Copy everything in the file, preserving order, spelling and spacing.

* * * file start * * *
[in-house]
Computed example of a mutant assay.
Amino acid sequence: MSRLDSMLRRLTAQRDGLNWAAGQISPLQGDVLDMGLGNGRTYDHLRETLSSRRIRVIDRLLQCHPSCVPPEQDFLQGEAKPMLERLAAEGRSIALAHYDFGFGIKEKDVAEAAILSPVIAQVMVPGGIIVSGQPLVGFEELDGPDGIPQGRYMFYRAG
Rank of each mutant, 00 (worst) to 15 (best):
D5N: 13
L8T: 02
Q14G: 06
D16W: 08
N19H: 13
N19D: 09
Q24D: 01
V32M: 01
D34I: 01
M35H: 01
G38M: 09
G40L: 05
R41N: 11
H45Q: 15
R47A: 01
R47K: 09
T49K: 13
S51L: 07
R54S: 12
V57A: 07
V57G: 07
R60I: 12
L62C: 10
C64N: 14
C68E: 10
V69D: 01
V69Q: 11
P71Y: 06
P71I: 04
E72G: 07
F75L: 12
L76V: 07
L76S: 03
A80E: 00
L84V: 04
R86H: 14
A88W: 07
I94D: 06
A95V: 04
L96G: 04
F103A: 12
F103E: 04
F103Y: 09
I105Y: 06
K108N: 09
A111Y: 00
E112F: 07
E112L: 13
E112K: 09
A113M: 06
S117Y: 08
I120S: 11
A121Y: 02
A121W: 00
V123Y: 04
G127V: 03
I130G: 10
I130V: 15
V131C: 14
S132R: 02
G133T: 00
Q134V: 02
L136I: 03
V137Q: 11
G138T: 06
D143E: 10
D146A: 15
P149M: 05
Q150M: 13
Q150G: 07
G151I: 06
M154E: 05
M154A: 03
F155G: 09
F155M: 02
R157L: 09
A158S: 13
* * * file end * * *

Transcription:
[in-house]
Computed example of a mutant assay.
Amino acid sequence: MSRLDSMLRRLTAQRDGLNWAAGQISPLQGDVLDMGLGNGRTYDHLRETLSSRRIRVIDRLLQCHPSCVPPEQDFLQGEAKPMLERLAAEGRSIALAHYDFGFGIKEKDVAEAAILSPVIAQVMVPGGIIVSGQPLVGFEELDGPDGIPQGRYMFYRAG
Rank of each mutant, 00 (worst) to 15 (best):
D5N: 13
L8T: 02
Q14G: 06
D16W: 08
N19H: 13
N19D: 09
Q24D: 01
V32M: 01
D34I: 01
M35H: 01
G38M: 09
G40L: 05
R41N: 11
H45Q: 15
R47A: 01
R47K: 09
T49K: 13
S51L: 07
R54S: 12
V57A: 07
V57G: 07
R60I: 12
L62C: 10
C64N: 14
C68E: 10
V69D: 01
V69Q: 11
P71Y: 06
P71I: 04
E72G: 07
F75L: 12
L76V: 07
L76S: 03
A80E: 00
L84V: 04
R86H: 14
A88W: 07
I94D: 06
A95V: 04
L96G: 04
F103A: 12
F103E: 04
F103Y: 09
I105Y: 06
K108N: 09
A111Y: 00
E112F: 07
E112L: 13
E112K: 09
A113M: 06
S117Y: 08
I120S: 11
A121Y: 02
A121W: 00
V123Y: 04
G127V: 03
I130G: 10
I130V: 15
V131C: 14
S132R: 02
G133T: 00
Q134V: 02
L136I: 03
V137Q: 11
G138T: 06
D143E: 10
D146A: 15
P149M: 05
Q150M: 13
Q150G: 07
G151I: 06
M154E: 05
M154A: 03
F155G: 09
F155M: 02
R157L: 09
A158S: 13